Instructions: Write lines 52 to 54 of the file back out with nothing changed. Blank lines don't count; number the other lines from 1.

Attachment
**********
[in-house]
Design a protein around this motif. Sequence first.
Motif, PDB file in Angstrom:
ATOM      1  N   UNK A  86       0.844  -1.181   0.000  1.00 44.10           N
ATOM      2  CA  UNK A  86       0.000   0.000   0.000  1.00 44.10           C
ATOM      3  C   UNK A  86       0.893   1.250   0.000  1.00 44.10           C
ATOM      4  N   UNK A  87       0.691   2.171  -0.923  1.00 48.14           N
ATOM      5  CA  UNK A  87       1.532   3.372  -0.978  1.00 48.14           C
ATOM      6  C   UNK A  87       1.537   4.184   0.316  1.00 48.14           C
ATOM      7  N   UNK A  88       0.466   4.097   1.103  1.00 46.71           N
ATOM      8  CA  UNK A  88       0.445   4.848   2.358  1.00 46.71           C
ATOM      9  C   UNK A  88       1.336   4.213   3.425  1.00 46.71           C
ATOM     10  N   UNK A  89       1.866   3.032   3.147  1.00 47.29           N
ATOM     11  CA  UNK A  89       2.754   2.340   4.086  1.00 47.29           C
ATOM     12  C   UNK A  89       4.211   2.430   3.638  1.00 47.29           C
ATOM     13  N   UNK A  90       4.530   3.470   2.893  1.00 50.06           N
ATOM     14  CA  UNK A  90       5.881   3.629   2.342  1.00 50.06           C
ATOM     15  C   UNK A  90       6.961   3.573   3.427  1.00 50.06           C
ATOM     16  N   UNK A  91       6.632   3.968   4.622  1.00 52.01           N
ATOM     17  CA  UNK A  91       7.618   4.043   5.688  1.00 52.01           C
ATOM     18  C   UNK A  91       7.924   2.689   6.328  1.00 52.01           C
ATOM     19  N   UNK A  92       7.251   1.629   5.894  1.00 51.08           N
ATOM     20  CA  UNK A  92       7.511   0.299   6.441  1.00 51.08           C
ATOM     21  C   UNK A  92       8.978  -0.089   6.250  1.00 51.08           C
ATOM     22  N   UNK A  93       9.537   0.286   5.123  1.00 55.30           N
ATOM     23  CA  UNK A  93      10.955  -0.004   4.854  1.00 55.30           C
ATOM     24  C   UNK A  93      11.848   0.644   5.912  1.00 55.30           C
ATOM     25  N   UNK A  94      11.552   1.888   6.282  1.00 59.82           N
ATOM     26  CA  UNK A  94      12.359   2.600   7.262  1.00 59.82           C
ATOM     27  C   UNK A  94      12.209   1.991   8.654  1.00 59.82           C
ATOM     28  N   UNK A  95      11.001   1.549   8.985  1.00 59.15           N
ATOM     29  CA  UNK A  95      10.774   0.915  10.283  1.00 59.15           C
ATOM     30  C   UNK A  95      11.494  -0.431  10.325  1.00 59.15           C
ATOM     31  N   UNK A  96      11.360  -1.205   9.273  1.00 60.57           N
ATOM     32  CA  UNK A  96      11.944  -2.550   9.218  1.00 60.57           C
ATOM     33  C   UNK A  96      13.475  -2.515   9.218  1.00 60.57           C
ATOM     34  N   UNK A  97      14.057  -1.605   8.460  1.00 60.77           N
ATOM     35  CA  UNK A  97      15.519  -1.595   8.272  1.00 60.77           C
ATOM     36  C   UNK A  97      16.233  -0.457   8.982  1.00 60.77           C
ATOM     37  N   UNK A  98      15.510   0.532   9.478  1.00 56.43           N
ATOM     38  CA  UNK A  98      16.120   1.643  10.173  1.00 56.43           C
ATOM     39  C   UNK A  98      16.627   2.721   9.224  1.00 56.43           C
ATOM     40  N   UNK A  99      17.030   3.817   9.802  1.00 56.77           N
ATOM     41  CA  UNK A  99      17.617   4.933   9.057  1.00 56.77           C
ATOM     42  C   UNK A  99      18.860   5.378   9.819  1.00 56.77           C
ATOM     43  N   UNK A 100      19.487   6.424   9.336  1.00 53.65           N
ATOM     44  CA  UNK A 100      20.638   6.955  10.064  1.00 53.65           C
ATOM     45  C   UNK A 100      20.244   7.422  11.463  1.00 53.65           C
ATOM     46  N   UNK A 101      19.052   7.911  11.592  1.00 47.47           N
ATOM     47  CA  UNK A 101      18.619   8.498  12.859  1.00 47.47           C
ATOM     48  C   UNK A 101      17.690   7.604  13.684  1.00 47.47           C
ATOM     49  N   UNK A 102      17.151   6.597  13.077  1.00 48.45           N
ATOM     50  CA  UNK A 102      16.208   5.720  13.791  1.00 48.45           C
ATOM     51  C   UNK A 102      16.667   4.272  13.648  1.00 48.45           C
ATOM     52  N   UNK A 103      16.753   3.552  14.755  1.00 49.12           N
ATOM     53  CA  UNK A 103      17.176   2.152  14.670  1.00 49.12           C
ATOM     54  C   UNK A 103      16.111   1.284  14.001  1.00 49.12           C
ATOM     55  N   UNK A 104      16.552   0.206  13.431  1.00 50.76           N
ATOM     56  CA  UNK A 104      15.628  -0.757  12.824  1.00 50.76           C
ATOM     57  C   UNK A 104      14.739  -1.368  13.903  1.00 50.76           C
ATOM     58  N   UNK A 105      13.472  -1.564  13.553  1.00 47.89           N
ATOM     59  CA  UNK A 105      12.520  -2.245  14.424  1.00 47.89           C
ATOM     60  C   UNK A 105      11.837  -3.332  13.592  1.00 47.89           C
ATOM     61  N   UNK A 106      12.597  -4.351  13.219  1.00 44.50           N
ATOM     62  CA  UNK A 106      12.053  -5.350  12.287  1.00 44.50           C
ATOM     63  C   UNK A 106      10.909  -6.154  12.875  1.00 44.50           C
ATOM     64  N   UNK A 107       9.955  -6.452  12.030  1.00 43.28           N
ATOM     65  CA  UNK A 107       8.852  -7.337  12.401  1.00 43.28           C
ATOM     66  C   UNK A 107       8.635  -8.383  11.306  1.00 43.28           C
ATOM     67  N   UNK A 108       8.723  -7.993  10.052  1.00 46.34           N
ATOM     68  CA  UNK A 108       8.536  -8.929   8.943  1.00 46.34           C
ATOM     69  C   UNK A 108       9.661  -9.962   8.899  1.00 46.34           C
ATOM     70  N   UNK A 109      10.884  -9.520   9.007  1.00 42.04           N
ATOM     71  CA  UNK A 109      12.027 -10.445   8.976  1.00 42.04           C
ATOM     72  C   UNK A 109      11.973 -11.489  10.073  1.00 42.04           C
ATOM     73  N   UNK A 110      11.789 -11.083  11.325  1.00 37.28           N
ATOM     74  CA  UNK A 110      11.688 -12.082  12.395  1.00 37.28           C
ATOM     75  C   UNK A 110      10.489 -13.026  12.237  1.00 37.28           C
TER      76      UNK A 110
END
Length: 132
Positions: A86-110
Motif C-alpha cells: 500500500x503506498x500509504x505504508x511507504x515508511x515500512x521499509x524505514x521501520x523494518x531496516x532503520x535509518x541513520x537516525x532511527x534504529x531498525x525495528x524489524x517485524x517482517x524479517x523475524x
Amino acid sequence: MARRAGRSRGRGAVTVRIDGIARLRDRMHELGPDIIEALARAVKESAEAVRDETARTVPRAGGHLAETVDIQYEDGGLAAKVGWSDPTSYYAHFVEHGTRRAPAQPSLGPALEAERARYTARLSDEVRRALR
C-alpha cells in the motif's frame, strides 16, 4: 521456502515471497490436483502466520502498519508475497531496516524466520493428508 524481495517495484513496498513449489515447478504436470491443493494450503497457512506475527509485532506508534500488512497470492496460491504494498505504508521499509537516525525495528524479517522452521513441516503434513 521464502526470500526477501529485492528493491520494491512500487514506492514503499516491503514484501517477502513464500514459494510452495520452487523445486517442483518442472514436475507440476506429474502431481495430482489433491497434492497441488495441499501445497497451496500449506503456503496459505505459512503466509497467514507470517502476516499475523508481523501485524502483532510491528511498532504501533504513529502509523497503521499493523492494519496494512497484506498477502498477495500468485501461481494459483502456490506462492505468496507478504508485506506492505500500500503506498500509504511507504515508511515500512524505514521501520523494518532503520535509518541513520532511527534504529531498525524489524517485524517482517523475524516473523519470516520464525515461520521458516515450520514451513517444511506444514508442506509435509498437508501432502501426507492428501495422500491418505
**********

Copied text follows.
ATOM     49  N   UNK A 102      17.151   6.597  13.077  1.00 48.45           N
ATOM     50  CA  UNK A 102      16.208   5.720  13.791  1.00 48.45           C
ATOM     51  C   UNK A 102      16.667   4.272  13.648  1.00 48.45           C